Spodaryk K: Haematological and iron-related parameters of male endurance and strength trained athletes. Eur J Appl Physiol. 1993, 67: 66-70. 10.1007/BF00377707.
Haymes EM, Lamanca JJ: Iron loss in runners during exercise. Implications and recommendations. Sports Med. 1989, 7: 277-285. 10.2165/00007256-198907050-00001.
Robinson Y, Cristancho E, Böning D: Intravascular hemolysis and mean red blood cell age in athletes. Med Sci Sports Exerc. 2006, 38: 480-483. 10.1249/01.mss.0000188448.40218.4c.
This study was supported by grants from Nagasaki International University and International Pacific University.
The authors declare that they have no competing interests.
HI was the primary author of the manuscript. KI, YY, and KK designed the study and contributed to the interpretation. RO, KM, KO, and NM assessed dietary intake of the subjects and contributed to the data analysis and interpretation. AN contributed to the interpretation. All authors read and approved the final manuscript.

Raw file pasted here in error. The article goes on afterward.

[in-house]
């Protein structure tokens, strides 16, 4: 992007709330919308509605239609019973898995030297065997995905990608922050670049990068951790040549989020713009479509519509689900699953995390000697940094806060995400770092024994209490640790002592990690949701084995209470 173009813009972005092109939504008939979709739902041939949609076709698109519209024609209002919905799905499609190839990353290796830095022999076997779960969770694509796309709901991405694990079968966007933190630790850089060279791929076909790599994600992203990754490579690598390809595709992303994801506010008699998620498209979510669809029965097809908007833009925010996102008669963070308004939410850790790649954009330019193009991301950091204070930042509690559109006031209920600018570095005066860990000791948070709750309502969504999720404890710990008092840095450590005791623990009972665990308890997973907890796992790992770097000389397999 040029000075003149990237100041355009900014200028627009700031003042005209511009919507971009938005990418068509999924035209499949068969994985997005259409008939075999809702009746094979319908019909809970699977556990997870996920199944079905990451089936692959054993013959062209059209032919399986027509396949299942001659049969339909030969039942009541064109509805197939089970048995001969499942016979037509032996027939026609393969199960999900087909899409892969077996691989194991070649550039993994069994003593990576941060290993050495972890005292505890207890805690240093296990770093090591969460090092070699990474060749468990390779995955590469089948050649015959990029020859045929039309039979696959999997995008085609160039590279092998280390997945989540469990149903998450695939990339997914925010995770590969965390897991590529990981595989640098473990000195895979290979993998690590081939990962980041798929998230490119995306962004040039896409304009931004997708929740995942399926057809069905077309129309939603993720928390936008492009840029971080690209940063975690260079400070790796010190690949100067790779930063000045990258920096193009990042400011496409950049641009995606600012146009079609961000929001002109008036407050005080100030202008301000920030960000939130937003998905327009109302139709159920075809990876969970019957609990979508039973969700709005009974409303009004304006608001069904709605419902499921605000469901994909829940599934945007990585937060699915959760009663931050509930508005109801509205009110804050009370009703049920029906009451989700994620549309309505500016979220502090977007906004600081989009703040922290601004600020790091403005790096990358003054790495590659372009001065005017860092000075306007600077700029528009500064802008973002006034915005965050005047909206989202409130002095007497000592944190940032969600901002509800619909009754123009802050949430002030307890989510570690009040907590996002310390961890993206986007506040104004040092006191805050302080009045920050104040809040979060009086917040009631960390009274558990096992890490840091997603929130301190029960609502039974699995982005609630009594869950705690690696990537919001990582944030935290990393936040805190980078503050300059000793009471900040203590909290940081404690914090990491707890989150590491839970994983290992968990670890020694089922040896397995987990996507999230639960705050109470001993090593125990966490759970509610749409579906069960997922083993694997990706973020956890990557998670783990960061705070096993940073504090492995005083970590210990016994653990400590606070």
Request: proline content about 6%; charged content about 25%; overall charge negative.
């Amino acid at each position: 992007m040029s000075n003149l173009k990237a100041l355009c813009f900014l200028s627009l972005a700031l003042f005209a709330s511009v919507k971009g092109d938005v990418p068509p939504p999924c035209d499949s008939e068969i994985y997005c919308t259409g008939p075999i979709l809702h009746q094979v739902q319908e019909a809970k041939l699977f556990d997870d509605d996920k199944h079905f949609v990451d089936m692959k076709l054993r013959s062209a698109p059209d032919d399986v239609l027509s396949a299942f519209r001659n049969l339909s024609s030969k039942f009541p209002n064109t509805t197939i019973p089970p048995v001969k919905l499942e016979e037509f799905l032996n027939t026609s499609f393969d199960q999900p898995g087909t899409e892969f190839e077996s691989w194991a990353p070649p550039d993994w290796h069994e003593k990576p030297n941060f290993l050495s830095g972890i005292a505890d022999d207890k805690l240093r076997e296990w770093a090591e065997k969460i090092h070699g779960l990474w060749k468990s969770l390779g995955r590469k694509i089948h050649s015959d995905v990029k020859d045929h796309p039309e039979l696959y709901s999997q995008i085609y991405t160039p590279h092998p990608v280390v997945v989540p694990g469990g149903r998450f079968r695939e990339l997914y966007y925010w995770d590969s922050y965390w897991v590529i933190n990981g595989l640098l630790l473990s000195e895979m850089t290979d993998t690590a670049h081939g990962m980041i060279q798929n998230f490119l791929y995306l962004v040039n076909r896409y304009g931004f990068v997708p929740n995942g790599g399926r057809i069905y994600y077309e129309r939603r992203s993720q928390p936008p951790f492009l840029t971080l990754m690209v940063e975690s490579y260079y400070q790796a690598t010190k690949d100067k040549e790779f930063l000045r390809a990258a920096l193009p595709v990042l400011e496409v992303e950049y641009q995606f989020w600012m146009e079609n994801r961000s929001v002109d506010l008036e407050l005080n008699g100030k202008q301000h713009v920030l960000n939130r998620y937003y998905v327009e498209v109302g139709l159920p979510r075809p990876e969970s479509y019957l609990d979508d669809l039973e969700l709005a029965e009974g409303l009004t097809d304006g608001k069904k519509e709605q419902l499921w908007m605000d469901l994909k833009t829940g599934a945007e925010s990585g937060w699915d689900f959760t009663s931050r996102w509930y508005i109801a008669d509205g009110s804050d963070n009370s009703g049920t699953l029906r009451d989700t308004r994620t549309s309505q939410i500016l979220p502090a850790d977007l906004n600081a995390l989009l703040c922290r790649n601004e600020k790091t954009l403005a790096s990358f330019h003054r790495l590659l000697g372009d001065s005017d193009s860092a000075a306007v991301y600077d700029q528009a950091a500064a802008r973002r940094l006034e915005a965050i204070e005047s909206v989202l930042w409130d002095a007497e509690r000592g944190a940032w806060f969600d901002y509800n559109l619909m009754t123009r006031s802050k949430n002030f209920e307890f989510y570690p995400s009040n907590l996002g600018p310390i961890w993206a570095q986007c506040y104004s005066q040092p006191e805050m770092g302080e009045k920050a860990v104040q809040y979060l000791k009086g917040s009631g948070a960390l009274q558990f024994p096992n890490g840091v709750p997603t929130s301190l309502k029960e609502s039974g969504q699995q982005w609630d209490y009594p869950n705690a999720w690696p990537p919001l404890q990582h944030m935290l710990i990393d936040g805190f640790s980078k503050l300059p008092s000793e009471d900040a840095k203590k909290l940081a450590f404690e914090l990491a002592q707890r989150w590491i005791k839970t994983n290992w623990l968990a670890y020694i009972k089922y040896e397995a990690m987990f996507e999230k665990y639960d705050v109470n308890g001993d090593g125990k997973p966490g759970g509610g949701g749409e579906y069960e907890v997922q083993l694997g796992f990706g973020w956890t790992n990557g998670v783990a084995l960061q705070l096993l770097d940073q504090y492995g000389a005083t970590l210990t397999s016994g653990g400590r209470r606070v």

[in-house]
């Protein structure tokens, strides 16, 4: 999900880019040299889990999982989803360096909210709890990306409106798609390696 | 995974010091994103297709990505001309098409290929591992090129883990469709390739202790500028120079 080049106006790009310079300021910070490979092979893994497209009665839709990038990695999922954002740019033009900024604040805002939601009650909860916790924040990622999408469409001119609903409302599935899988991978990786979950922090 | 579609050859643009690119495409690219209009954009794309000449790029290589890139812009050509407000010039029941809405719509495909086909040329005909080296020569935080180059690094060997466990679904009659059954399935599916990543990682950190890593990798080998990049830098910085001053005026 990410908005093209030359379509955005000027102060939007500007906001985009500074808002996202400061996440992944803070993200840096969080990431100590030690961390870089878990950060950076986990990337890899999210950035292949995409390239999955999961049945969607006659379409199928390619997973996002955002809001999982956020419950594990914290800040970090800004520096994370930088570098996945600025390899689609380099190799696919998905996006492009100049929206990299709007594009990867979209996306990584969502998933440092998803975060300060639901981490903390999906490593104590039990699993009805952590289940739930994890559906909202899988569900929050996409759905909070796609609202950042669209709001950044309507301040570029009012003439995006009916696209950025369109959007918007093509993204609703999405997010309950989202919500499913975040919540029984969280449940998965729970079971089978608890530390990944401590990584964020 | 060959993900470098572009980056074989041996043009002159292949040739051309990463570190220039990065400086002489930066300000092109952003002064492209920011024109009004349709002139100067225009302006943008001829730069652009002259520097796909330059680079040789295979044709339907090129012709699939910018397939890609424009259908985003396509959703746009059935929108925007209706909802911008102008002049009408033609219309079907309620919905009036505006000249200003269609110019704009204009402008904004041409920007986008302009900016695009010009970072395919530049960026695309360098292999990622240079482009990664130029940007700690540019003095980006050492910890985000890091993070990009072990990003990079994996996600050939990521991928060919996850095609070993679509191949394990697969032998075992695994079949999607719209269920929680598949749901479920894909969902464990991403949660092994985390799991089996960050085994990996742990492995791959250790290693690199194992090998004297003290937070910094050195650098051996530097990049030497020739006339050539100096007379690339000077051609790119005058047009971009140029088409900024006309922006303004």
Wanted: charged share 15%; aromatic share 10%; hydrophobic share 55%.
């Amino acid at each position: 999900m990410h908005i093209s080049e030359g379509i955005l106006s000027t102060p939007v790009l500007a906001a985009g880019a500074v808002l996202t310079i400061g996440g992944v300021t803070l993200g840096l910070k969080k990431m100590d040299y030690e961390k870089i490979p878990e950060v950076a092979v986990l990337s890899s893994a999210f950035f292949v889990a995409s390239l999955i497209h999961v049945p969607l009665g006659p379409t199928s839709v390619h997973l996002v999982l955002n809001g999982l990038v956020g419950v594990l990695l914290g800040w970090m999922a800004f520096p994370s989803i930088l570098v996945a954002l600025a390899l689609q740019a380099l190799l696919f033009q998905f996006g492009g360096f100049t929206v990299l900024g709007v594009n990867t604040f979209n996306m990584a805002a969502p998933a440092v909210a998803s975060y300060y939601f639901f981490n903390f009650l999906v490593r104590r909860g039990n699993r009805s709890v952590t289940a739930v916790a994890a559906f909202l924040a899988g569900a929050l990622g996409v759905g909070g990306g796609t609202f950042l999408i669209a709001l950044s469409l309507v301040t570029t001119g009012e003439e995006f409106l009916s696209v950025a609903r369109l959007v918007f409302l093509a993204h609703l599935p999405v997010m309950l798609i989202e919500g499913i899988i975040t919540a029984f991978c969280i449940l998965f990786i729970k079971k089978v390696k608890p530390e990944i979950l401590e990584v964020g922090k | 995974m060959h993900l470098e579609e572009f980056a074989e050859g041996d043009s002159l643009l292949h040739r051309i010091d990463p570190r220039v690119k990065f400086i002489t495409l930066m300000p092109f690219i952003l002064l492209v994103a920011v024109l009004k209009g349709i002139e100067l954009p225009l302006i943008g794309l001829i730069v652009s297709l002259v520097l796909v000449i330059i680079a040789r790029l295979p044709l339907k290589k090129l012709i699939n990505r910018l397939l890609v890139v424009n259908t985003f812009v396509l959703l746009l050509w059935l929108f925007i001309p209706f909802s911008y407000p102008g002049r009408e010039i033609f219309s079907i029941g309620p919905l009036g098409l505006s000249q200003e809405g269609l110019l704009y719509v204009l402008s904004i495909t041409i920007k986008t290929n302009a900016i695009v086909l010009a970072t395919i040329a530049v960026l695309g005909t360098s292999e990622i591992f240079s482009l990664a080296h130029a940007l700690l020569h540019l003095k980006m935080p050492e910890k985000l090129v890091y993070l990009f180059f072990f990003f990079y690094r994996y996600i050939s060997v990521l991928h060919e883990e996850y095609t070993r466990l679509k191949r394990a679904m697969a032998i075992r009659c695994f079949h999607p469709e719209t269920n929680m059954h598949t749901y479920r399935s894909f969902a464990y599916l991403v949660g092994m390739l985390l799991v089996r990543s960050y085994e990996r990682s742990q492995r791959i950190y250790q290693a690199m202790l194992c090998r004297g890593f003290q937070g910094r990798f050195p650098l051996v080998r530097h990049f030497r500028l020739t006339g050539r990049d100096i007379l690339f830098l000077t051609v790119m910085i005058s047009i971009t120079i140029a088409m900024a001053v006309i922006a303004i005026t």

Rights and permissions
This article is published under license to BioMed Central Ltd. This is an Open Access article distributed under the terms of the Creative Commons Attribution License (http://creativecommons.org/licenses/by/2.0), which permits unrestricted use, distribution, and reproduction in any medium, provided the original work is properly cited.
About this article
Cite this article
Imamura, H., Iide, K., Yoshimura, Y. et al. Nutrient intake, serum lipids and iron status of colligiate rugby players. J Int Soc Sports Nutr 10, 9 (2013). https://doi.org/10.1186/1550-2783-10-9
- Lipoprotein cholesterol
- Physical activity
- Iron depletion